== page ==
RT's take on life is well illustrated here with some masterpieces as "The Calvary Cross" "I want to see the Bright Lights tonight" " The Little Beggar Girl" etc etc in fact all the tracks have worthy bits.

The track I find especially fascinating is "The End of the Rainbow" a song quite obviously telling a toddler to grow up and to forget about all those things of comfort we have in childhood such as the pot of gold at the end of the rainbow. Poor old Teddy Thompson never had a chance did he!

Finally a word about longevity of RT's work is the fact that I bought this album when at University after seeing RT some 30 years ago and I still love it today.
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2 of 2 people found the following review helpful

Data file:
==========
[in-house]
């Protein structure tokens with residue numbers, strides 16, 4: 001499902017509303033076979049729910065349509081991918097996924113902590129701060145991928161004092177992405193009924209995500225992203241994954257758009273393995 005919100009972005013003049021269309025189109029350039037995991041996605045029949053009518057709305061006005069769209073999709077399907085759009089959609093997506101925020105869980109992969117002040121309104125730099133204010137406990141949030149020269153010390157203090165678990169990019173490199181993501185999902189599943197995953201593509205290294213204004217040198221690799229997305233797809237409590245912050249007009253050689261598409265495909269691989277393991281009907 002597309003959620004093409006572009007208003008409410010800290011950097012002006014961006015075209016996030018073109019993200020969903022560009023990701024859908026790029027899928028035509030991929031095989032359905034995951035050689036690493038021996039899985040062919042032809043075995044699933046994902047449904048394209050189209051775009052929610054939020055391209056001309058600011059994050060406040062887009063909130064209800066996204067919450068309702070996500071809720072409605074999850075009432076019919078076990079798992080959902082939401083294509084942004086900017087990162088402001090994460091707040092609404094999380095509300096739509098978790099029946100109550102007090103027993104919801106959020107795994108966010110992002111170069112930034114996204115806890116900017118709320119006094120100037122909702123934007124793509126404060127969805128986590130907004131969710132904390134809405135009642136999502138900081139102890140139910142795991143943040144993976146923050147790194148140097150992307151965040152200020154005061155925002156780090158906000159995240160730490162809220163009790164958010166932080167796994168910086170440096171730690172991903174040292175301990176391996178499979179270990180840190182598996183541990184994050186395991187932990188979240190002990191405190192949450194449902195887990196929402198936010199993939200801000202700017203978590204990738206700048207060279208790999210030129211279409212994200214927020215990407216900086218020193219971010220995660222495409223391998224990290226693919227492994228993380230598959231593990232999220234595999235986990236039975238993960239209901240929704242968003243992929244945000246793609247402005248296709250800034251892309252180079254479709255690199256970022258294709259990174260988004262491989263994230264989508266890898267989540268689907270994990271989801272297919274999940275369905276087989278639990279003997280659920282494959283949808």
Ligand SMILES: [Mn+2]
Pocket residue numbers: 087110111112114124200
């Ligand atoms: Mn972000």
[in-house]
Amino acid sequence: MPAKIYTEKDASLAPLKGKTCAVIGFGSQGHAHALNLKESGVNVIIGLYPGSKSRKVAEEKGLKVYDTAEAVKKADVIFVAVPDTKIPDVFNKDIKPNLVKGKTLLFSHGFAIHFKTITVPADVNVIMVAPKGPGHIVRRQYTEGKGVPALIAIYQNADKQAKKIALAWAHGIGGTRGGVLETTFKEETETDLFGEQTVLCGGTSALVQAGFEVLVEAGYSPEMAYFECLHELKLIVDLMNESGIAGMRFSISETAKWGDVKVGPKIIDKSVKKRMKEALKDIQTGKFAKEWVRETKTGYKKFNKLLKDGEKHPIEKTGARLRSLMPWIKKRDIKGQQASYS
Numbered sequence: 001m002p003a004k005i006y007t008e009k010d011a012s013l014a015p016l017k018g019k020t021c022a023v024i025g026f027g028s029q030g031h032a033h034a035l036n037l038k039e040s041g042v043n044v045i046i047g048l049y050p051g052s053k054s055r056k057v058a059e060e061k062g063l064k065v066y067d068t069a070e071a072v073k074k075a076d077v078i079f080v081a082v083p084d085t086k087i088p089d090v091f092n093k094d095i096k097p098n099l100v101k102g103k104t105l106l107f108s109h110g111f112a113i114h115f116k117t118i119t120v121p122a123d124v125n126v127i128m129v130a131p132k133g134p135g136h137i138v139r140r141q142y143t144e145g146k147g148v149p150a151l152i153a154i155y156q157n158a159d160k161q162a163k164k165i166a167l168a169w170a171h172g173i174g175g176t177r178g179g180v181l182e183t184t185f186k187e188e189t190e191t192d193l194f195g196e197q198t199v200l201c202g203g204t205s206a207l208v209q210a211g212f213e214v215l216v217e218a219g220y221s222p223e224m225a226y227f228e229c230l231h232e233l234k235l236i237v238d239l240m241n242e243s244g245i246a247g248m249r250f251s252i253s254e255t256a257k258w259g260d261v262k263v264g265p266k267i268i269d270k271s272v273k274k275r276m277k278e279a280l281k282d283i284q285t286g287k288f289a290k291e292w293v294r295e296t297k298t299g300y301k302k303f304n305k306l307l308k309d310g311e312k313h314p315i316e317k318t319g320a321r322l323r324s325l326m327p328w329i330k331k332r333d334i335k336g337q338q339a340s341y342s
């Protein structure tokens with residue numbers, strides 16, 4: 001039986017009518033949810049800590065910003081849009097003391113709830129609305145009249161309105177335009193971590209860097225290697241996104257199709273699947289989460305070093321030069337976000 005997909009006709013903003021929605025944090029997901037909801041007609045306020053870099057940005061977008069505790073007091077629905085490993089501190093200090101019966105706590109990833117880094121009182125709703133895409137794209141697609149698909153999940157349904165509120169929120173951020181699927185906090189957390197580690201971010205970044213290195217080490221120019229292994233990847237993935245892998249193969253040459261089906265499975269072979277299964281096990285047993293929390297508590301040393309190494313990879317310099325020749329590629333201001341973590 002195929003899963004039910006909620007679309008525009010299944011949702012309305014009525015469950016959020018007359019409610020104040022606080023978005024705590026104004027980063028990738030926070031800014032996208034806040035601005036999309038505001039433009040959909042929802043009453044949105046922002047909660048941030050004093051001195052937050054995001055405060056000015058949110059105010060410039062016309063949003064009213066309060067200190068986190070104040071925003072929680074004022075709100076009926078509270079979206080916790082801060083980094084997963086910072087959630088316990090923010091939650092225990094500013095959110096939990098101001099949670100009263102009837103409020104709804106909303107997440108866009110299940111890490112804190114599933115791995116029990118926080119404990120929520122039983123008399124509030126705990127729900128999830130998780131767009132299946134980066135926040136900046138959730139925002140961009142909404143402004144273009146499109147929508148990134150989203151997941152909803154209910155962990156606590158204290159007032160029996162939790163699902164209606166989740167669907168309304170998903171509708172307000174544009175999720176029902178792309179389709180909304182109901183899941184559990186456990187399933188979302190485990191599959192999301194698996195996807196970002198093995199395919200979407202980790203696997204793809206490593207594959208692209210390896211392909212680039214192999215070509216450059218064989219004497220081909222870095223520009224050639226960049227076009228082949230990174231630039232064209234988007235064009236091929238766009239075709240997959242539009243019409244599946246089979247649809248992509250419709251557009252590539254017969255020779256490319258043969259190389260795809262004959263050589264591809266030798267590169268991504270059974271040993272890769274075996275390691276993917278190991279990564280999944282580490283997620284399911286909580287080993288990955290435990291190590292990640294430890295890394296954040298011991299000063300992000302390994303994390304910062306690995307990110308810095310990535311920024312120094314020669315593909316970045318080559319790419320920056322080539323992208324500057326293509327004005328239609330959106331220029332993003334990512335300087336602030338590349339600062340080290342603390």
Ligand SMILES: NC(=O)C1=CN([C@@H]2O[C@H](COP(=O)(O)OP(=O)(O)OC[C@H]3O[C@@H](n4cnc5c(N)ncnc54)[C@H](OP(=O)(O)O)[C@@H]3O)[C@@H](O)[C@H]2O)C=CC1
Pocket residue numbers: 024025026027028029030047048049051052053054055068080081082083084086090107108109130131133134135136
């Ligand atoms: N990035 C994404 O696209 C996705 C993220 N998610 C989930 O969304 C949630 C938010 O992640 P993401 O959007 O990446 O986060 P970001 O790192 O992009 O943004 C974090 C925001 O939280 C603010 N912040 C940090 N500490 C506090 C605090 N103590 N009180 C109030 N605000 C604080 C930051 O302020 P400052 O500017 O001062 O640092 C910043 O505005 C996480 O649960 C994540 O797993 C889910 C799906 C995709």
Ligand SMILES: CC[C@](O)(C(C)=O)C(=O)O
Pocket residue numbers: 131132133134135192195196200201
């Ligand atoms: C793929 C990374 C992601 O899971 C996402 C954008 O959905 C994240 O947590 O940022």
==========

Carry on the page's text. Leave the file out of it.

5.0 out of 5 stars Starter for 5...., 22 Oct 2007
By 
MisterKeith (Southgate, London, England) - See all my reviews
(VINE VOICE)   
This review is from: I Want to See the Bright Lights Tonight (Audio CD)
This is where I started with Richard Thompson: possibly not the best of ideas, because this album is simply flawless and nothing else can realistically compare!

If you come into this album thinking that folk music is all about people is Aran sweaters with their finger in their ear, you're in for a rude awakening. Yes, OK, so "When I Get To The Border" and "We Sing Hallelujah" have clearly strong folk influences, but songs like "The Calvary Cross" and "I Want To See The Bright Lights Tonight" wear their rock-heart on their sleeve - the latter has a particularly fine groove going on (or something).

My own personal favourite is "Withered And Died", with a heartbreaking vocal performance from Linda, and some very sharp lyrics. An absolutely glorious track.

This is an exceptionally fine album, which would be cheap at twice the price. Buy it - you can't really go wrong.
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8 of 9 people found the following review helpful
5.0 out of 5 stars Richard And Linda Thompson's superb debut, 18 Jan 2007